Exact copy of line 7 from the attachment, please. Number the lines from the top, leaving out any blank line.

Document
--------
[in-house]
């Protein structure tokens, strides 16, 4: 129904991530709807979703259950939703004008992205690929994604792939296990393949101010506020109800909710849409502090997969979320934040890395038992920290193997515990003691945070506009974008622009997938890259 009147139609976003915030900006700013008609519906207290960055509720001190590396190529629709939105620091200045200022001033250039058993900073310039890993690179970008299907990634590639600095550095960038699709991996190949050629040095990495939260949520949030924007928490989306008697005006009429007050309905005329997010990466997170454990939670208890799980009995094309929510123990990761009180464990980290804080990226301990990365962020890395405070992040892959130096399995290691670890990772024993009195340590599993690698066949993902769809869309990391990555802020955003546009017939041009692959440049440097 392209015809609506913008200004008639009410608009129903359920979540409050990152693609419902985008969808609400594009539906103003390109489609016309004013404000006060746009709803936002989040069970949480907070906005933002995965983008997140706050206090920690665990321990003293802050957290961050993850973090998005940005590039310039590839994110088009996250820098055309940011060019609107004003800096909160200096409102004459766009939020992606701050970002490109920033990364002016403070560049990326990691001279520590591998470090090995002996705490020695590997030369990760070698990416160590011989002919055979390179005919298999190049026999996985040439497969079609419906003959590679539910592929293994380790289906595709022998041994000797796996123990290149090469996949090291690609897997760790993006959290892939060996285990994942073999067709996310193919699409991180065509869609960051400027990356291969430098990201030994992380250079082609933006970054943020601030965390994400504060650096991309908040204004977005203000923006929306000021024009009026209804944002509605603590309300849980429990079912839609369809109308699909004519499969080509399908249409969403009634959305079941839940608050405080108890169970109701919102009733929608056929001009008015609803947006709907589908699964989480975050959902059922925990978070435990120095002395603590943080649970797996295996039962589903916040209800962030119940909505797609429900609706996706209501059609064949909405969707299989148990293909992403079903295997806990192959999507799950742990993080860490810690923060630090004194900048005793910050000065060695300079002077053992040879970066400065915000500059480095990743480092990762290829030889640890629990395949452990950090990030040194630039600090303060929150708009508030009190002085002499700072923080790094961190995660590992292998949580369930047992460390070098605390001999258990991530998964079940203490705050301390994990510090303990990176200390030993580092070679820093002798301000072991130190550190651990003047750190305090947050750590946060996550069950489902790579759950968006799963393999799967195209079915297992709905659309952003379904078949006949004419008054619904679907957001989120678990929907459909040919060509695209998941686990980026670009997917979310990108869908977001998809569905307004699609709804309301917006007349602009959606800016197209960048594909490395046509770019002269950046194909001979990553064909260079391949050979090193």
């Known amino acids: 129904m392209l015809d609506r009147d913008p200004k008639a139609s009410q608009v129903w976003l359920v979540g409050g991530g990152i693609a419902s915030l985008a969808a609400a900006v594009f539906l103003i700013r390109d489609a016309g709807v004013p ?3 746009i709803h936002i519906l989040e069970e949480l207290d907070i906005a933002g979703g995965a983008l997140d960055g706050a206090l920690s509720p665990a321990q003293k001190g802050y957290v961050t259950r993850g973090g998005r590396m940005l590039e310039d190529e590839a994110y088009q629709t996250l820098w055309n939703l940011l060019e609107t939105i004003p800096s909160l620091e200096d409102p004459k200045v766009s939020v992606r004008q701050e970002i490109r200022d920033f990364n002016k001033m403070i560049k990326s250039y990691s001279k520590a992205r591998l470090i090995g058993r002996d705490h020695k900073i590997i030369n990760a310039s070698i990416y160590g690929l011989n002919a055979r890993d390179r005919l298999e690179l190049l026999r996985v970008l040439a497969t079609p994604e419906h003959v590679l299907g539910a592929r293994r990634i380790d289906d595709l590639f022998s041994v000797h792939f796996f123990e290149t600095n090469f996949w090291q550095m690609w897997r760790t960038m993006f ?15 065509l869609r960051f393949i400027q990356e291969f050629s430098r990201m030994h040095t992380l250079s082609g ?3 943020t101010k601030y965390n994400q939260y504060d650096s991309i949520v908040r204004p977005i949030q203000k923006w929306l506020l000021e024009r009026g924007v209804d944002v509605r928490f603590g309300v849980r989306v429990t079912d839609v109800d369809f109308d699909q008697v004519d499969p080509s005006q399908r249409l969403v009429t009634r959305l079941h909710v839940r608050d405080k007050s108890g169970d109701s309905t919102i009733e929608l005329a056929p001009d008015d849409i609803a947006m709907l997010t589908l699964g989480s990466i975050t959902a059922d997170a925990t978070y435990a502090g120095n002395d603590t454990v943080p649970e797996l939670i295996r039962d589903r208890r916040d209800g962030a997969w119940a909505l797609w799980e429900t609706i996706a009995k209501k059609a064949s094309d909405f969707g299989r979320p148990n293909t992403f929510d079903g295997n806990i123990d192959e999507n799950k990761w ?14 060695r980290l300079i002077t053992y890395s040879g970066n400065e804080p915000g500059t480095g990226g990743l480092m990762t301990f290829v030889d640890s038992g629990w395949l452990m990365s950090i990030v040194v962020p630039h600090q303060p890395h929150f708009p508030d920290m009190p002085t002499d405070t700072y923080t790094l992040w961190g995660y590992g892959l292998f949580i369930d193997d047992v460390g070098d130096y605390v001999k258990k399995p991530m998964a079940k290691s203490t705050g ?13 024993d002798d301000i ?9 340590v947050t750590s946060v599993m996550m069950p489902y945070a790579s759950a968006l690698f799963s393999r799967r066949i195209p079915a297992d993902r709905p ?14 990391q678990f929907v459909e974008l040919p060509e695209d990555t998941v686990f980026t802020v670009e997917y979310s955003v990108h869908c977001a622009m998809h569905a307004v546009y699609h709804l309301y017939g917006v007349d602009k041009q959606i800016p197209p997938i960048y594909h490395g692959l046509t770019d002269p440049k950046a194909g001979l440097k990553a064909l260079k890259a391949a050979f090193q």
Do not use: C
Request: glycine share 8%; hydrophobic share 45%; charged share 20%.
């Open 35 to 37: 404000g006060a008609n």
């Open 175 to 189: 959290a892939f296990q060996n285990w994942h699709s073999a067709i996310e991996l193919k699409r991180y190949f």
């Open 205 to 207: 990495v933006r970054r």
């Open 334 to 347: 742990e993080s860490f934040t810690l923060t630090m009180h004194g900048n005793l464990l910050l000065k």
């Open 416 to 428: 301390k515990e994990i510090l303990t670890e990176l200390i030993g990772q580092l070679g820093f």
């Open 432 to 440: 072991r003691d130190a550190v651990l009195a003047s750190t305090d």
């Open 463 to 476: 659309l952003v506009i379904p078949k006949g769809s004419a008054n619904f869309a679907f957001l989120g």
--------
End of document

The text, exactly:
């Open 175 to 189: 959290a892939f296990q060996n285990w994942h699709s073999a067709i996310e991996l193919k699409r991180y190949f």